Then one October morning an old friend of Lou’s father, free-wheeling (and free-loving) Howie Gordon arrives at the Cove doorstep from California with his beautiful wife Carly. Howie is everything Lou wants to be: handsome as a movie star, built like a god and in possession of an unstoppable confidence.

Then, over Thanksgiving dinner, Howie drops a bombshell. Holding up an issue of Playgirl Magazine, he flips to the center and there he is, Mr. November in all his natural glory. Howie has his eye on becoming the next Burt Reynolds, and a wild idea for how to do it: win Playgirl’s Man of the Year. And he knows just who should manage his campaign. As Lou and Howie canvas Salem for every vote in town – little old ladies at bridge club, the local town witch, construction workers on break and everyone in between – Lou is forced to juggle the perils of adolescence with the pursuit of Hollywood stardom.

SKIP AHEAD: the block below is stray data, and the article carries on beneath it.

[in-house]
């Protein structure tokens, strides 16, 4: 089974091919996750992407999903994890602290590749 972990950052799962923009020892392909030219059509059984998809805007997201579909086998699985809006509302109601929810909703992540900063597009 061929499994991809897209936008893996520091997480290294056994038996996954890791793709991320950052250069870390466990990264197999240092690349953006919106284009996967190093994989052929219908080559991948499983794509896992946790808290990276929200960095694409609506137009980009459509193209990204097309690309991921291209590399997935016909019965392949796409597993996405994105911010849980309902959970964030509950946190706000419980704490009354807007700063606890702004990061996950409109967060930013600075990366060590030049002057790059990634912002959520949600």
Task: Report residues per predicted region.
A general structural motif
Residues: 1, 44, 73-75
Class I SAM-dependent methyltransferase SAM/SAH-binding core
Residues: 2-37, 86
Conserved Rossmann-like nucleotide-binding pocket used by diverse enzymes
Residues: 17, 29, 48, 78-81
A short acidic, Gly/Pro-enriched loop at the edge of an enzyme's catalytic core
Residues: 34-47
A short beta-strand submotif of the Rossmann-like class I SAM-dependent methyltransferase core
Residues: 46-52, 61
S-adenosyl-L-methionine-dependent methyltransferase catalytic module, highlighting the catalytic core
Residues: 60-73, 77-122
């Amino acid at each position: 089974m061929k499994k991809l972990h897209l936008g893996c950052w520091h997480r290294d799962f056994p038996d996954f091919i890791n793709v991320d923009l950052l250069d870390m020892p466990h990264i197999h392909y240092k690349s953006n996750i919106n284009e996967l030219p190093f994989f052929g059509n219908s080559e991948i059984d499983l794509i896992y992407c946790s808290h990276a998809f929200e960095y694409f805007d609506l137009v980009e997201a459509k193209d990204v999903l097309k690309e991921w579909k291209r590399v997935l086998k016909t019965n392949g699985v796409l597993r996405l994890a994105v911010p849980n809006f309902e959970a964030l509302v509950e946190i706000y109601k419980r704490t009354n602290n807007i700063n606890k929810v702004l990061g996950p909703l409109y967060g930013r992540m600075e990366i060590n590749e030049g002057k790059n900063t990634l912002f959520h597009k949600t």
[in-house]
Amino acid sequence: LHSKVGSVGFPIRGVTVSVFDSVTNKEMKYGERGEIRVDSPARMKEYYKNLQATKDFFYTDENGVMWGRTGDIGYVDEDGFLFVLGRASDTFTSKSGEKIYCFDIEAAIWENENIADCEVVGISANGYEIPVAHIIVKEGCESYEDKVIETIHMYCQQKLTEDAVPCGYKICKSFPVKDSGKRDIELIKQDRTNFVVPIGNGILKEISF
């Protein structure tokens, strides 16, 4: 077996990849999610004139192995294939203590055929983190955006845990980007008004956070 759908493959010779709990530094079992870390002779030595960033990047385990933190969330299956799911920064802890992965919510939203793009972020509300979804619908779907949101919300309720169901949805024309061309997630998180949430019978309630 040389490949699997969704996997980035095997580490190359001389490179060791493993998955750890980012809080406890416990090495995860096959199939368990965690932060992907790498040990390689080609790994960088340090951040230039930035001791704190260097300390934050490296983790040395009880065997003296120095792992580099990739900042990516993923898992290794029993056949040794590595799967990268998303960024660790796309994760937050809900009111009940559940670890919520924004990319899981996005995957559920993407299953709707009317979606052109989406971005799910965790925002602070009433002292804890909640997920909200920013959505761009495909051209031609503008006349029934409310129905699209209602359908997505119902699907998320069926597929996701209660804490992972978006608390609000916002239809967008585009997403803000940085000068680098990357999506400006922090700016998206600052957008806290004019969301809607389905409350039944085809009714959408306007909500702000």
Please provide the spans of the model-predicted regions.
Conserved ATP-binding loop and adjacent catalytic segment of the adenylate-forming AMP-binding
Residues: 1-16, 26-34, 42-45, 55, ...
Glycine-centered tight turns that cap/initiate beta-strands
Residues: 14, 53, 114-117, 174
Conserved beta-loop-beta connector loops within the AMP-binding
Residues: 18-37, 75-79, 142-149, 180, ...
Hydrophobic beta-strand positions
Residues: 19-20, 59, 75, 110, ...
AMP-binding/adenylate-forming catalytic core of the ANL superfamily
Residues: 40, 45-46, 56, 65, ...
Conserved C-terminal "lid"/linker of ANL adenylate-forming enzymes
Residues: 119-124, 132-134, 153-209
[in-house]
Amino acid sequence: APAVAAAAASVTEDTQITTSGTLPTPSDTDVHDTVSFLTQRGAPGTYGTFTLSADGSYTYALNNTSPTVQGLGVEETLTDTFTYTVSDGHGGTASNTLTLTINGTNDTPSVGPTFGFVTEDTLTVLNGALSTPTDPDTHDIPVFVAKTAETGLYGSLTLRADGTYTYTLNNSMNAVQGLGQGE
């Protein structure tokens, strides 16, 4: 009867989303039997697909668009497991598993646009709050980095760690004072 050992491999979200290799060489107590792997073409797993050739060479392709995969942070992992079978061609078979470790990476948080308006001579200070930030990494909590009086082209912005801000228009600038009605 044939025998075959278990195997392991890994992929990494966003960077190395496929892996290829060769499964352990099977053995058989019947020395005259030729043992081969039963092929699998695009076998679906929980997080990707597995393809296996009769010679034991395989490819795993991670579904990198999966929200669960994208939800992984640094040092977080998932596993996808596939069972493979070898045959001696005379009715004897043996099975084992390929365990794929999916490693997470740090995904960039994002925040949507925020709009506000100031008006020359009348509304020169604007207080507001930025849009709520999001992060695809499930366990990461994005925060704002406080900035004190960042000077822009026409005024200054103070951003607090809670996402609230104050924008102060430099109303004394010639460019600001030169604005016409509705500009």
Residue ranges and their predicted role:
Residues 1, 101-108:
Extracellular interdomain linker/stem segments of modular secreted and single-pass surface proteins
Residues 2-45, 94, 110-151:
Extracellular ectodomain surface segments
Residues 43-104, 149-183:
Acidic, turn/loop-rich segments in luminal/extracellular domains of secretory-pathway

Man of the Year is the improbable true story of Lou’s thirteenth year, one very unusual campaign, and the unexpected guest who changes everything.

You simply must read this memoir. It was fantastic, and genuinely one of my favorite reads of the year. It’s endearing and thought-provoking, and a great conversation about the differing degrees of honesty and openness required in different relationships.

Being a child of the mid eighties, and growing up in a tiny little (population ~2000) tourist trap meets hippie haven town in Northwest Arkansas in the nineties, I knew nothing of late seventies Salem, MA when I cracked the spine on this. My ignorance of the time period and the area, mixed with a killer synopsis established my initial intrigue, and the universal coming-of-age themes present in the narrative sucked me the rest of the way in. I ended up absorbing the book in a couple sittings.

Lou CoveThe cast of characters in the Cove family and extended family — as well as Lou’s childhood friends — are odd, vibrant and alive. Louis’ family and upbringing could not be more different than my own, but there are some things that are universal to all childhoods. As each event occurs in the story, I found myself comparing the reactions that my family would have had with the ones that Louis’ did. It’s great to read about people so different from myself and those I’m familiar with, but so similar in other ways.